Comprehensive schools, as too few understand, have never been designed to improve education. On the contrary, their inventor, Graham Savage, actually admitted that his plan would hold back bright children.

They are a revolutionary scheme designed to enforce equality of outcome. That is why it is against the law to open any new grammar schools, and why this week’s odd legal fiddle in Sevenoaks is causing so much fuss.

But a tiny rump of grammar schools continues to exist. They are so much better than the comprehensives which replaced them that even Labour politicians, such as Harriet Harman, have readily endured derision and career damage to send their children to them.

This is why the remaining few grammars are so besieged. Their enemies repeatedly lie about this. Because a tiny few oversubscribed schools are dominated by the middle class, they claim that a national system, available to all, would have the same problem. This obviously isn’t true, yet they keep on repeating the falsehood.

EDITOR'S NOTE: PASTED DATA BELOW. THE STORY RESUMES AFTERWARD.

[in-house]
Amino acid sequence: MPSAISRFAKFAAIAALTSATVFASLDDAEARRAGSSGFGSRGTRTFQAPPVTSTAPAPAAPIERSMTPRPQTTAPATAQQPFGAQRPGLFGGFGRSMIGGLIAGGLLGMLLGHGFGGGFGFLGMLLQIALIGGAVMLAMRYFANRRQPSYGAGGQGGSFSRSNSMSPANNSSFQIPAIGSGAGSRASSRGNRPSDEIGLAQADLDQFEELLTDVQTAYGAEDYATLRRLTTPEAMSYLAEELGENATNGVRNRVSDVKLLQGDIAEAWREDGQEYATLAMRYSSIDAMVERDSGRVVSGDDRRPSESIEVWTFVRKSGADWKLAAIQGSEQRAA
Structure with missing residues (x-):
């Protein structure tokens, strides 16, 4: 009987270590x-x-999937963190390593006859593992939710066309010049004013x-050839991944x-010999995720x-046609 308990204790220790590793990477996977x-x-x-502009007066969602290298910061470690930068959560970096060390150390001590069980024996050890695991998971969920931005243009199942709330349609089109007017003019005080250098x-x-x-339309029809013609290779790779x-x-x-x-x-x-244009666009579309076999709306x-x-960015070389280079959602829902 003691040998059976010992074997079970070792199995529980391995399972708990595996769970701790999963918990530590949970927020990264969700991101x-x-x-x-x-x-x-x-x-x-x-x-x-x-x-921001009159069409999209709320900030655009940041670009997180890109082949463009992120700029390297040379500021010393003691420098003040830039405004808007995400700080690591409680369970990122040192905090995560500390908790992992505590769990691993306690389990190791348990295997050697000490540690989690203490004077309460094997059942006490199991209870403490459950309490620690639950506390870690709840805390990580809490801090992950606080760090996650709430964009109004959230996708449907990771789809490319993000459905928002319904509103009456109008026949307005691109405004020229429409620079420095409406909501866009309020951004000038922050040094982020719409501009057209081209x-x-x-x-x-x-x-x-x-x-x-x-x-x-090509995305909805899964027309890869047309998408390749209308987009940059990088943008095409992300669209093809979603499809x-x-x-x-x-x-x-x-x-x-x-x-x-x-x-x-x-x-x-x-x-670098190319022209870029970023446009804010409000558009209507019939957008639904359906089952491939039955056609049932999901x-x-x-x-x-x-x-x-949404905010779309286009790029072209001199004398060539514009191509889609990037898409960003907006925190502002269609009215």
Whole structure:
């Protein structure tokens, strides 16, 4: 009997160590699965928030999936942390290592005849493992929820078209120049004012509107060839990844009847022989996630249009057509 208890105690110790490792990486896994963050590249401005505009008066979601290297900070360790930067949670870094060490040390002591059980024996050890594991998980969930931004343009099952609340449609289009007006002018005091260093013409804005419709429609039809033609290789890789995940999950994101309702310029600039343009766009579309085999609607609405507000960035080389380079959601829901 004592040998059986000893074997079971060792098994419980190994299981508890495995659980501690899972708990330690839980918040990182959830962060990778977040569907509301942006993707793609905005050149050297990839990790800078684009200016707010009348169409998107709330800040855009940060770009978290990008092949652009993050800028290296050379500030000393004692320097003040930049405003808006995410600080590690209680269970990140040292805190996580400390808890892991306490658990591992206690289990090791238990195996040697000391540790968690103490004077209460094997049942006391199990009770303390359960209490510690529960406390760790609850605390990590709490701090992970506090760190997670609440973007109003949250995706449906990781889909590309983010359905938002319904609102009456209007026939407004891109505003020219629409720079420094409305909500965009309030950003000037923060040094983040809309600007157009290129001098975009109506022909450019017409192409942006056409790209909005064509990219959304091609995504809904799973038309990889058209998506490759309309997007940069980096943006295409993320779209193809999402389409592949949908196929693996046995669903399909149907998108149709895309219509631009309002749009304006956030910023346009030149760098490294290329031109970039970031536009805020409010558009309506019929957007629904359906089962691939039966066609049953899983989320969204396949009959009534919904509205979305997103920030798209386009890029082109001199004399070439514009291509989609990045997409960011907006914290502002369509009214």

It is time for these lies to end. As things are, state schools are rigidly and cruelly selective, but their pupils are picked on the basis of their parents’ wealth and ability to live in the right catchment area, or their public piety – or both.

The rich and powerful (including many Tory and Labour politicians and some of the keenest campaigners against grammars) play a constant Game Of Homes to lever and wangle their offspring into the best postcodes and the best ‘comprehensives’. Many of these are so socially selective that they have hardly any poor pupils receiving free school meals, though you never hear this fact mentioned.

Why do we put up with it? Why can’t we restore the lost grammar schools when huge numbers of parents want them and they are proven to work?

How dare we laugh at the Germans for being subservient and obedient, when we tolerate this stupid, dishonest policy, which wrecks the hopes of thousands each year and madly wastes the talents of this country?


UK: No mixed tennis at Muslim-run school: Ban among extreme segregation imposed that also saw girls banned from taking part in a netball tournament

Girls at a school engulfed in the Trojan Horse scandal were not allowed to play tennis with boys, it has emerged.

The ban was one of many extreme measures imposed at Park View Academy in Birmingham, a teaching misconduct hearing was told yesterday.